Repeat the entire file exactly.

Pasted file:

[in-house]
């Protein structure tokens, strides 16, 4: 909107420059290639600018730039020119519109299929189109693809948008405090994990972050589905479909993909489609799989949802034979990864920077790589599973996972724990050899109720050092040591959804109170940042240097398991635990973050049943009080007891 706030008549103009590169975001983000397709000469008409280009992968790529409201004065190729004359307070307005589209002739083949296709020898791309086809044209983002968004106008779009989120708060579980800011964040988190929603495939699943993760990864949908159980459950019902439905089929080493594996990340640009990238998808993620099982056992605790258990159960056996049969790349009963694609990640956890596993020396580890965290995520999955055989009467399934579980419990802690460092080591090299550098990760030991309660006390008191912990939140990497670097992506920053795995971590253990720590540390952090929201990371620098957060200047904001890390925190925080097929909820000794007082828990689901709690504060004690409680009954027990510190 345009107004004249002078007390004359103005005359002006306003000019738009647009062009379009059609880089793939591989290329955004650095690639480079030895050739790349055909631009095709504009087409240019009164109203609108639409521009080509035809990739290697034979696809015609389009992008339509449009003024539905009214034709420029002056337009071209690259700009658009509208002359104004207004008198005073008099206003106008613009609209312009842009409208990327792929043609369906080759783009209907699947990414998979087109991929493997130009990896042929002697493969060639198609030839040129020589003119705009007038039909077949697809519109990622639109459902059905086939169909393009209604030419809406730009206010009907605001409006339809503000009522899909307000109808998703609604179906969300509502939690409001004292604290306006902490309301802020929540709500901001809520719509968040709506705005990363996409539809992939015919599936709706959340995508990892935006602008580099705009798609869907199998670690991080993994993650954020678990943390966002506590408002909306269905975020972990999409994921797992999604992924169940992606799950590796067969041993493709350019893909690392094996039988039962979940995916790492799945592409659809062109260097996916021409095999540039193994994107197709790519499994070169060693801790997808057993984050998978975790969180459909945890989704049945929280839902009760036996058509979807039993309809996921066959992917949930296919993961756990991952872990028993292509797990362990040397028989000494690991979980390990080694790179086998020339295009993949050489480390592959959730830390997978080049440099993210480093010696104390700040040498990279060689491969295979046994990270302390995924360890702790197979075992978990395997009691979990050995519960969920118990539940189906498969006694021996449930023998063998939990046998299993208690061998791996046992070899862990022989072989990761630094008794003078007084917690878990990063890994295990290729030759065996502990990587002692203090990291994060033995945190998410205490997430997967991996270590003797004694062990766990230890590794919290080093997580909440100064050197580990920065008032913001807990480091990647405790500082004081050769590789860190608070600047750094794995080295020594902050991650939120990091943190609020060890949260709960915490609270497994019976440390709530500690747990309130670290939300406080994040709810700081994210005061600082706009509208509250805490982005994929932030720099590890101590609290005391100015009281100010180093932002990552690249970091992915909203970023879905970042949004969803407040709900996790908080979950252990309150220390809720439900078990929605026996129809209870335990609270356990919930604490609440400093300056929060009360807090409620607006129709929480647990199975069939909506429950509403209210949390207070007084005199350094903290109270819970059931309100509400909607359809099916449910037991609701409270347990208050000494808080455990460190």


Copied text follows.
[in-house]
């Protein structure tokens, strides 16, 4: 909107420059290639600018730039020119519109299929189109693809948008405090994990972050589905479909993909489609799989949802034979990864920077790589599973996972724990050899109720050092040591959804109170940042240097398991635990973050049943009080007891 706030008549103009590169975001983000397709000469008409280009992968790529409201004065190729004359307070307005589209002739083949296709020898791309086809044209983002968004106008779009989120708060579980800011964040988190929603495939699943993760990864949908159980459950019902439905089929080493594996990340640009990238998808993620099982056992605790258990159960056996049969790349009963694609990640956890596993020396580890965290995520999955055989009467399934579980419990802690460092080591090299550098990760030991309660006390008191912990939140990497670097992506920053795995971590253990720590540390952090929201990371620098957060200047904001890390925190925080097929909820000794007082828990689901709690504060004690409680009954027990510190 345009107004004249002078007390004359103005005359002006306003000019738009647009062009379009059609880089793939591989290329955004650095690639480079030895050739790349055909631009095709504009087409240019009164109203609108639409521009080509035809990739290697034979696809015609389009992008339509449009003024539905009214034709420029002056337009071209690259700009658009509208002359104004207004008198005073008099206003106008613009609209312009842009409208990327792929043609369906080759783009209907699947990414998979087109991929493997130009990896042929002697493969060639198609030839040129020589003119705009007038039909077949697809519109990622639109459902059905086939169909393009209604030419809406730009206010009907605001409006339809503000009522899909307000109808998703609604179906969300509502939690409001004292604290306006902490309301802020929540709500901001809520719509968040709506705005990363996409539809992939015919599936709706959340995508990892935006602008580099705009798609869907199998670690991080993994993650954020678990943390966002506590408002909306269905975020972990999409994921797992999604992924169940992606799950590796067969041993493709350019893909690392094996039988039962979940995916790492799945592409659809062109260097996916021409095999540039193994994107197709790519499994070169060693801790997808057993984050998978975790969180459909945890989704049945929280839902009760036996058509979807039993309809996921066959992917949930296919993961756990991952872990028993292509797990362990040397028989000494690991979980390990080694790179086998020339295009993949050489480390592959959730830390997978080049440099993210480093010696104390700040040498990279060689491969295979046994990270302390995924360890702790197979075992978990395997009691979990050995519960969920118990539940189906498969006694021996449930023998063998939990046998299993208690061998791996046992070899862990022989072989990761630094008794003078007084917690878990990063890994295990290729030759065996502990990587002692203090990291994060033995945190998410205490997430997967991996270590003797004694062990766990230890590794919290080093997580909440100064050197580990920065008032913001807990480091990647405790500082004081050769590789860190608070600047750094794995080295020594902050991650939120990091943190609020060890949260709960915490609270497994019976440390709530500690747990309130670290939300406080994040709810700081994210005061600082706009509208509250805490982005994929932030720099590890101590609290005391100015009281100010180093932002990552690249970091992915909203970023879905970042949004969803407040709900996790908080979950252990309150220390809720439900078990929605026996129809209870335990609270356990919930604490609440400093300056929060009360807090409620607006129709929480647990199975069939909506429950509403209210949390207070007084005199350094903290109270819970059931309100509400909607359809099916449910037991609701409270347990208050000494808080455990460190």